The silicon nitride pieces (e.g., the frame 12 and substrates 14 and 16) may be formed by a casting, pressing or molding process. Openings for the inlet 18 and outlet 20 may be laser-machined into the silicon nitride.

The silicon nitride pieces may be brazed together using an active metal braze alloy such as “WESGO TICUSIL.” For example, the heat exchanger 10 may be assembled by placing a first sheet of “TICUSIL” foil 30 (or screenable paste) on the first substrate 14, the frame 12 and the heat dissipation element 22 on the first sheet 30 of foil, a second sheet 32 of “TICUSIL” foil on the frame 12 and heat dissipation element 22, the second substrate 16 on the second sheet 32 of foil, and brazing the entire assembly together.

After the heat exchanger 10 has been assembled, an end user can surface-mount electronic components 24 to the metalization 26 on the first substrate 14. The heat exchanger 10 may be clamped to a structure and coolant piping.

Geometries and areas of the substrates 14 and 16, as well as distances between the substrates 14 and 16, are application-specific. For example, the substrates 14 and 16 may have a rectangular geometry.

Selective metalization 34 may also be formed on the second substrate 16, and electronic components 24 may be mounted it. This would allow electronic components 24 to be mounted to both substrates 14 and 16 of the heat exchanger 10.

The fluid passageway of the heat exchanger 10 may be divided into multiple channels by the heat dissipation element 22. For example, a fin-shaped heat dissipation element extending between the first and second substrates 14 and 16 would create multiple channels.

The heat exchanger 10 can function without a heat dissipation element 22. However, the heat dissipation element 22 enhances heat transfer.

The heat exchanger 10 is not limited to a heat dissipation element 22 that is brazed between the first and second substrates 14 and 16. An alternative heat dissipation element may be integrally formed with one or both of the substrates. For example, a fin-shaped pattern 104 may be stamped into the inner surface of the first substrate 102 (see FIG. 3).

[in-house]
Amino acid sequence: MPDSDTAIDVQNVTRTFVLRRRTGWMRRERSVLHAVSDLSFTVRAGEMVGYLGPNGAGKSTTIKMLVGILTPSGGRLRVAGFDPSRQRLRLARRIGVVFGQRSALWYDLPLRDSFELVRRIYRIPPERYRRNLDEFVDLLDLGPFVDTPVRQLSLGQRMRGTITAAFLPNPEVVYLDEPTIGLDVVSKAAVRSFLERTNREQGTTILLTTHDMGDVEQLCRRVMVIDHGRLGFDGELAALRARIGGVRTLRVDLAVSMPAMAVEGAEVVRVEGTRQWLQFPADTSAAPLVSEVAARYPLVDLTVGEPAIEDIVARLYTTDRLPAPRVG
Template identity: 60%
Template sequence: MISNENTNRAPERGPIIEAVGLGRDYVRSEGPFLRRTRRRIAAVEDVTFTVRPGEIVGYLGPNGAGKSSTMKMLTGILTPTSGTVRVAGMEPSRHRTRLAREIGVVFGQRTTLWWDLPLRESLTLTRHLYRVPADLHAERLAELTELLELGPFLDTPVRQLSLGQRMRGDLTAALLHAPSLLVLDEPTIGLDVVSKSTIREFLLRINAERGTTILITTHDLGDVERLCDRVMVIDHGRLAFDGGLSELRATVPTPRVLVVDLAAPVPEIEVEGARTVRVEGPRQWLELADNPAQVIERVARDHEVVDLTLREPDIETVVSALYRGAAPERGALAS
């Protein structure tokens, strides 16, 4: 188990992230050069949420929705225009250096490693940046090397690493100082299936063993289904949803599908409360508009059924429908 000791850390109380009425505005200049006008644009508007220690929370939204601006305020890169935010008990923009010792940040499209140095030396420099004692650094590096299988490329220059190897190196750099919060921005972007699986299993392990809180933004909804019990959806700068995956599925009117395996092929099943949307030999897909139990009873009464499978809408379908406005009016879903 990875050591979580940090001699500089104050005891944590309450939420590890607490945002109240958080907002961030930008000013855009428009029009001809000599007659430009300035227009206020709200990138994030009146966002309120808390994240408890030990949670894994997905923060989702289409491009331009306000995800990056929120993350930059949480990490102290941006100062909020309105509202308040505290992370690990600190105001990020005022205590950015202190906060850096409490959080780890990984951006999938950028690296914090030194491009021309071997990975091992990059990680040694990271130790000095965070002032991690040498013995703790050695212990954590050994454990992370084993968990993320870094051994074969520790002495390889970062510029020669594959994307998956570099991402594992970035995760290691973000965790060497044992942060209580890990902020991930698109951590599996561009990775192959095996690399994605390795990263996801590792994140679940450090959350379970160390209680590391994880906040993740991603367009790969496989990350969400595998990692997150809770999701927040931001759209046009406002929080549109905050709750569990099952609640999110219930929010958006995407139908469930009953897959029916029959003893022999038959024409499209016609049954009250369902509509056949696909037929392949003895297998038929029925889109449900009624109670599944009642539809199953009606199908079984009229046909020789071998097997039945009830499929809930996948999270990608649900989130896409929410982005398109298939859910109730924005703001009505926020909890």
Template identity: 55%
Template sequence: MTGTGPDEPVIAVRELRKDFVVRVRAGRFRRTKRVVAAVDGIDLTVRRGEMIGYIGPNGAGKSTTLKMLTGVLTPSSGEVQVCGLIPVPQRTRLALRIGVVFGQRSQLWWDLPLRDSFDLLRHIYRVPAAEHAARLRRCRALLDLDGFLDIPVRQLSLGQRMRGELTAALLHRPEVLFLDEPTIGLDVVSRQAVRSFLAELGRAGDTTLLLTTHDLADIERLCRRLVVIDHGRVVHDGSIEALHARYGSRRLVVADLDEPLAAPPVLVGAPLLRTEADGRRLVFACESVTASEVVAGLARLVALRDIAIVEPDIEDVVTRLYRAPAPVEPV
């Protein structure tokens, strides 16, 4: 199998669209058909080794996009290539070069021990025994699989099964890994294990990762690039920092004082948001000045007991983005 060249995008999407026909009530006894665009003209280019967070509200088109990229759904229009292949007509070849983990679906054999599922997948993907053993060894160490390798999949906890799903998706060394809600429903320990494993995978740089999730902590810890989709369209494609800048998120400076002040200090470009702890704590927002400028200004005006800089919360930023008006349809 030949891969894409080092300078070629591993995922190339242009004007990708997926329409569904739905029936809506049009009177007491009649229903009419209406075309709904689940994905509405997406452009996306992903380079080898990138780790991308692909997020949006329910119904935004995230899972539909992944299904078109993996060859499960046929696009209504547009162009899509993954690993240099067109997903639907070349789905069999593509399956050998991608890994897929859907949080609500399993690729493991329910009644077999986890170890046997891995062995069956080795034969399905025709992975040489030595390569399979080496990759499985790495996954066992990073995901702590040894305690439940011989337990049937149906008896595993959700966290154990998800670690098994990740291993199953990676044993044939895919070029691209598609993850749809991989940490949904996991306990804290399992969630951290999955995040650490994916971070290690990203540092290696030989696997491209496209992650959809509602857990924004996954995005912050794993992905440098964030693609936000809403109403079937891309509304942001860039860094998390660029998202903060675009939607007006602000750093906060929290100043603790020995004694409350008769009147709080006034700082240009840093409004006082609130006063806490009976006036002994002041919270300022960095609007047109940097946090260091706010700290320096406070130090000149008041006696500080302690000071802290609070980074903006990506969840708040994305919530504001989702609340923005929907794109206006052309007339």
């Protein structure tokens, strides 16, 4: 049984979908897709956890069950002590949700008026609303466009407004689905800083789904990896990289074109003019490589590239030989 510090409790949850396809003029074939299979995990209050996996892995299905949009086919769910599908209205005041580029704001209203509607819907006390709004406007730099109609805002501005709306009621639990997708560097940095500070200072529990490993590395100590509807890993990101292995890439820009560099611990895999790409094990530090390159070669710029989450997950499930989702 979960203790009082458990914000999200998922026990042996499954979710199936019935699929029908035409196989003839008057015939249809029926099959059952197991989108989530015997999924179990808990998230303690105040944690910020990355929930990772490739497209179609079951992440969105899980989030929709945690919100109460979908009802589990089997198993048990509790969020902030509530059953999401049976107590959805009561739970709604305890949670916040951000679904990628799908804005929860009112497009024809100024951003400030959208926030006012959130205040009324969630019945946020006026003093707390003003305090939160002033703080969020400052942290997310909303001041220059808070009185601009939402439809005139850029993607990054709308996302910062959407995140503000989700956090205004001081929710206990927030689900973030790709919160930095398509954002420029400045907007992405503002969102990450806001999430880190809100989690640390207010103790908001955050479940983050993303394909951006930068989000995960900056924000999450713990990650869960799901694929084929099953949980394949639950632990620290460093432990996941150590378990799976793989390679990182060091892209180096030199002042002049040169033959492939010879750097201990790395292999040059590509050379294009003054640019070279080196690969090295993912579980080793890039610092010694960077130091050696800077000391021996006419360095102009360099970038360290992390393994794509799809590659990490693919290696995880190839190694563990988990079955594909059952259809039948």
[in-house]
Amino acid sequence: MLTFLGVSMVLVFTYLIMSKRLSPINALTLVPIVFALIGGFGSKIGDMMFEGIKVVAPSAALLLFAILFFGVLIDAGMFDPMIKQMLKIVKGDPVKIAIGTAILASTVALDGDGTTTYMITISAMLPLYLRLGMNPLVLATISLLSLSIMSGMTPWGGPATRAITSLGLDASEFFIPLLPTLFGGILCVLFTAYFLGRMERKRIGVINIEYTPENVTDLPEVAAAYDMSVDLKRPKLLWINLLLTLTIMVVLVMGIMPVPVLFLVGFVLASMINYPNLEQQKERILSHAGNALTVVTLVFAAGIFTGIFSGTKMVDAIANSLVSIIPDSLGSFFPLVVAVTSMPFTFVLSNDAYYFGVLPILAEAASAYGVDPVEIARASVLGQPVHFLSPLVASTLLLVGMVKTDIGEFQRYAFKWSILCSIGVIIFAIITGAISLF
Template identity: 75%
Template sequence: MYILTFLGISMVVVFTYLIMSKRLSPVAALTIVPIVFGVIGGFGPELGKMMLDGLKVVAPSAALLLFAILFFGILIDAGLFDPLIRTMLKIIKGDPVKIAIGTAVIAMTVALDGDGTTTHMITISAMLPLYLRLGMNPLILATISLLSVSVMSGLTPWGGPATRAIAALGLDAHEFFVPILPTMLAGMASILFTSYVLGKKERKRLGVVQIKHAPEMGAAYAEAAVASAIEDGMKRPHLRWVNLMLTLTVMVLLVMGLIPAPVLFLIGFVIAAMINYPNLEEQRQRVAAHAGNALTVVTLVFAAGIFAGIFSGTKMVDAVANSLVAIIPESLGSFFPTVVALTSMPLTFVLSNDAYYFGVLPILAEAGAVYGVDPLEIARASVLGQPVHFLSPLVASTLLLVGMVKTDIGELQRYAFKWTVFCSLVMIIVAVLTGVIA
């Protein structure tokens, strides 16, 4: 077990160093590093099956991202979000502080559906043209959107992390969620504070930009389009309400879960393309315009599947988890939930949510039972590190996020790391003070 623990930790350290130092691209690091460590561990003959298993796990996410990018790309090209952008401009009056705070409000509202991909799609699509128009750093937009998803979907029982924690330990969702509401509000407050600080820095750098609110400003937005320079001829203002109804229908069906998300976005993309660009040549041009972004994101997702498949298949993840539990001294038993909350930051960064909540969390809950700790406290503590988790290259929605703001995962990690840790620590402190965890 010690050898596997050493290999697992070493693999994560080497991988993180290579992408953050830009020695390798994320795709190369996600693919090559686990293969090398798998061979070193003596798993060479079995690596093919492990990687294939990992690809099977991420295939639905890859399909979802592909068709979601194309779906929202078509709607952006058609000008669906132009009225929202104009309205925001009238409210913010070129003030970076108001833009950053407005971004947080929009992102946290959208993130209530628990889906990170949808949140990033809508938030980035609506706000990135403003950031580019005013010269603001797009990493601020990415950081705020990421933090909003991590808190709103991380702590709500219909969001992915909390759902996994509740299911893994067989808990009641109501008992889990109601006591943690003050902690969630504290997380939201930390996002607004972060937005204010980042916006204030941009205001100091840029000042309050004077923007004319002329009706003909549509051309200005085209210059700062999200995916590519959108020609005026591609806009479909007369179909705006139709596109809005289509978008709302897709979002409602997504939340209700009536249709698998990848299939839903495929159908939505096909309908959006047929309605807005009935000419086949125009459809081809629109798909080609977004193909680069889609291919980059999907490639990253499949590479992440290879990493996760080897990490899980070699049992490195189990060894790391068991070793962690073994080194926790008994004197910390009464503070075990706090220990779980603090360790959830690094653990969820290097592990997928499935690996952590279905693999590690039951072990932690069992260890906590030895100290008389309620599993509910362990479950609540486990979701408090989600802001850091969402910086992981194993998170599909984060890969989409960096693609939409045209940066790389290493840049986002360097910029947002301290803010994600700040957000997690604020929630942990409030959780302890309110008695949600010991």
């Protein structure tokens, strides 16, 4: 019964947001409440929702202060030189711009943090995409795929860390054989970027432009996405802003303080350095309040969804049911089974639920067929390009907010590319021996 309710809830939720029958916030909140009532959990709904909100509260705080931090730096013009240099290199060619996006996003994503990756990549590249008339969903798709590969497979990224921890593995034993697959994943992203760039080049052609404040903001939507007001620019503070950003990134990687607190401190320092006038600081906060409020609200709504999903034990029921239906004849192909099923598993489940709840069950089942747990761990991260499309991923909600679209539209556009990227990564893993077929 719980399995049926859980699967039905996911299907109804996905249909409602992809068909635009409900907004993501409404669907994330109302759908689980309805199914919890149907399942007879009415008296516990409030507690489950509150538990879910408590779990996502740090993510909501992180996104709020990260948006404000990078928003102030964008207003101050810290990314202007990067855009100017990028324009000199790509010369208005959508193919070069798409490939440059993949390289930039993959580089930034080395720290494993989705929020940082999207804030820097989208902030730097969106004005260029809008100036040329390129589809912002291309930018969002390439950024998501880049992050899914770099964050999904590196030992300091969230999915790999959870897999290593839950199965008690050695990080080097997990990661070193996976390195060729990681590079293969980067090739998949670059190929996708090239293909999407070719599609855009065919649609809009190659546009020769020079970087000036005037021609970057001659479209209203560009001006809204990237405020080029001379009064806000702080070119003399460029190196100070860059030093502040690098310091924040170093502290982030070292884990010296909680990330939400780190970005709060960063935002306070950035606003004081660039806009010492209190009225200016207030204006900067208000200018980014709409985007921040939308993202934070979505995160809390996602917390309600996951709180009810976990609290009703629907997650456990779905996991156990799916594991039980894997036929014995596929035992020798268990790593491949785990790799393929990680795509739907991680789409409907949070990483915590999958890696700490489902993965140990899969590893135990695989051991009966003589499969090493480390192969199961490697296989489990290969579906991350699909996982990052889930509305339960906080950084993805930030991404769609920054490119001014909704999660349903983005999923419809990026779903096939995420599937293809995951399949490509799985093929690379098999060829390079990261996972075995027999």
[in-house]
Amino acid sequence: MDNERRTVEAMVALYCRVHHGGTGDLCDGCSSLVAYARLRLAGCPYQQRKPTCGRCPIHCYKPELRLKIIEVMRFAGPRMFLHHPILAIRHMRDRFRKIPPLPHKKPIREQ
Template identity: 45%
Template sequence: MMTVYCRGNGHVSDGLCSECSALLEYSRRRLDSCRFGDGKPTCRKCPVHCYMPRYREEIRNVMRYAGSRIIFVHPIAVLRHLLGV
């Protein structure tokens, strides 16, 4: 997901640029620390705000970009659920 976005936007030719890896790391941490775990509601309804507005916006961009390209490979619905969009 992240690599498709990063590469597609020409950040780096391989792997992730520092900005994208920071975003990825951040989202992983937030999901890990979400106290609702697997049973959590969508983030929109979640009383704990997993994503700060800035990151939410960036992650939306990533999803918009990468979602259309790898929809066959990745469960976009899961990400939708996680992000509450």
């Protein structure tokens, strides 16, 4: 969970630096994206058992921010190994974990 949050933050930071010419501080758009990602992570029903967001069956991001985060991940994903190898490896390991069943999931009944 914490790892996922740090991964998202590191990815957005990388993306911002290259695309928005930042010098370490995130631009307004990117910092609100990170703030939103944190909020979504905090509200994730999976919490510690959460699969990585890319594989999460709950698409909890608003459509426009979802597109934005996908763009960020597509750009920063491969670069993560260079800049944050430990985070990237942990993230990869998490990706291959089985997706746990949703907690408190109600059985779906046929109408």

Yet another heat dissipation element could be implemented by metalizing the inner surface of the first substrate 14 with a metal braze alloy (e.g., “WESGO TICUSIL” braze alloy). The first and second substrates 14 and 16 would be bonded to the frame 12 by using a lower temperature braze alloy (e.g., “WESGO CUSILTIN-10 foil).

The heat exchanger is not limited to substrates and a frame that are formed separately. For example, one of the substrates may be formed integrally with the frame.

The heat exchanger is not limited to a frame and second substrate made of silicon nitride. For example, the first substrate may be bonded to a heat exchanger core made of a metal such as molybdenum. However, the silicon nitride frame and silicon nitride substrates provide a more robust design because thermal coefficients are well-matched.

An electronic component attachment layer other than selective metalization may be formed on the substrate(s). For example, the electronic component attachment layer may be an adhesive 204 that secures the components 24 directly to the substrate 202 (see FIG. 4) or a solid metal sheet 304 that allows the substrate 302 to be bonded to another substrate 306 (see FIG. 5).

The electronic component attachment layer may even include a polyamide board 404 having a first surface bonded (for example, by an adhesive) to a silicon nitride substrate 402 and a second surface that carries selective metalization 406 (see FIG. 6). Such a combination has better thermal conductivity than conventional copper-molybdenum-copper boards. Polyamide boards 404 may even be bonded to both sides of the silicon nitride substrate 402.

The type of silicon nitride is not limited to “AS800”. For example, “GS-44” silicon nitride may be used. “GS-44” silicon nitride, which is also available from Honeywell International Inc., generally has higher strength but lower thermal conductivity than “AS800” silicon nitride.

Multiple heat exchangers 10 may be arranged in an array to form a larger substrate. Electrical interconnections would be used to connect the selective metalizations of different heat exchangers 10.

Although the present invention has been described above with reference to specific embodiments, it is not so limited. Instead, the present invention is construed according to the claims that follow.

Patent Citations
Cited PatentFiling datePublication dateApplicantTitle
US4298059 *Sep 24, 1979Nov 3, 1981Rosenthal Technik AgHeat exchanger and process for its manufacture
US4461343 *Jan 28, 1982Jul 24, 1984Mcdonnell Douglas CorporationPlated heat pipe
US4574879Feb 29, 1984Mar 11, 1986The Bergquist CompanyPolyimide filled with boron nitride or aluminum oxide
US4608354 *Dec 24, 1984Aug 26, 1986Gte Laboratories IncorporatedSilicon nitride substrate
US4870036 *Mar 8, 1988Sep 26, 1989Allied-Signal Inc.High strength silicon nitride
US4938279 *Aug 1, 1989Jul 3, 1990Hughes Aircraft CompanyFlexible membrane heat sink
US5001548 *Nov 28, 1989Mar 19, 1991Coriolis CorporationMulti-chip module cooling
US5005640 *Sep 17, 1990Apr 9, 1991Mcdonnell Douglas CorporationIsothermal multi-passage cooler
US5067047 *May 11, 1990Nov 19, 1991At&T Bell LaboratoriesCircuit pack with inboard jet cooling